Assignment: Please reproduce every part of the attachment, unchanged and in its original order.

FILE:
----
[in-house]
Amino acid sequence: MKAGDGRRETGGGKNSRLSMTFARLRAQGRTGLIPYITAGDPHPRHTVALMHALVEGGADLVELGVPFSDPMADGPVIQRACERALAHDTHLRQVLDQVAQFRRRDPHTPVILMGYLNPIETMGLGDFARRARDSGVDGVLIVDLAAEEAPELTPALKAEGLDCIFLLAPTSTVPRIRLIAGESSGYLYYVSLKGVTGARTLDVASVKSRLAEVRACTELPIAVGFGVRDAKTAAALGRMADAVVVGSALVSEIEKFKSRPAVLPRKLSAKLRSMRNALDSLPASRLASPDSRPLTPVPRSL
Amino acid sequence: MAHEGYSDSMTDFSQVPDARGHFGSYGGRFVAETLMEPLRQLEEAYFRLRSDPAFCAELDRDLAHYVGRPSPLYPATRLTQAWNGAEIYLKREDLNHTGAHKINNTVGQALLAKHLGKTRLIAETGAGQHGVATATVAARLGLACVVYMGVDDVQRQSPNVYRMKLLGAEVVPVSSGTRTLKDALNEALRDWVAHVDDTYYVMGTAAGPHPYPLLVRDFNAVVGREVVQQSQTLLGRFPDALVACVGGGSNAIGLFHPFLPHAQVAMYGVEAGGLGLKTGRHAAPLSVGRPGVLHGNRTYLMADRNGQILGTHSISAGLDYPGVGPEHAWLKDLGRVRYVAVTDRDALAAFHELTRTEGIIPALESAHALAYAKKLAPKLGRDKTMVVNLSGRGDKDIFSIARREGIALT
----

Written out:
[in-house]
Amino acid sequence: MKAGDGRRETGGGKNSRLSMTFARLRAQGRTGLIPYITAGDPHPRHTVALMHALVEGGADLVELGVPFSDPMADGPVIQRACERALAHDTHLRQVLDQVAQFRRRDPHTPVILMGYLNPIETMGLGDFARRARDSGVDGVLIVDLAAEEAPELTPALKAEGLDCIFLLAPTSTVPRIRLIAGESSGYLYYVSLKGVTGARTLDVASVKSRLAEVRACTELPIAVGFGVRDAKTAAALGRMADAVVVGSALVSEIEKFKSRPAVLPRKLSAKLRSMRNALDSLPASRLASPDSRPLTPVPRSL
Amino acid sequence: MAHEGYSDSMTDFSQVPDARGHFGSYGGRFVAETLMEPLRQLEEAYFRLRSDPAFCAELDRDLAHYVGRPSPLYPATRLTQAWNGAEIYLKREDLNHTGAHKINNTVGQALLAKHLGKTRLIAETGAGQHGVATATVAARLGLACVVYMGVDDVQRQSPNVYRMKLLGAEVVPVSSGTRTLKDALNEALRDWVAHVDDTYYVMGTAAGPHPYPLLVRDFNAVVGREVVQQSQTLLGRFPDALVACVGGGSNAIGLFHPFLPHAQVAMYGVEAGGLGLKTGRHAAPLSVGRPGVLHGNRTYLMADRNGQILGTHSISAGLDYPGVGPEHAWLKDLGRVRYVAVTDRDALAAFHELTRTEGIIPALESAHALAYAKKLAPKLGRDKTMVVNLSGRGDKDIFSIARREGIALT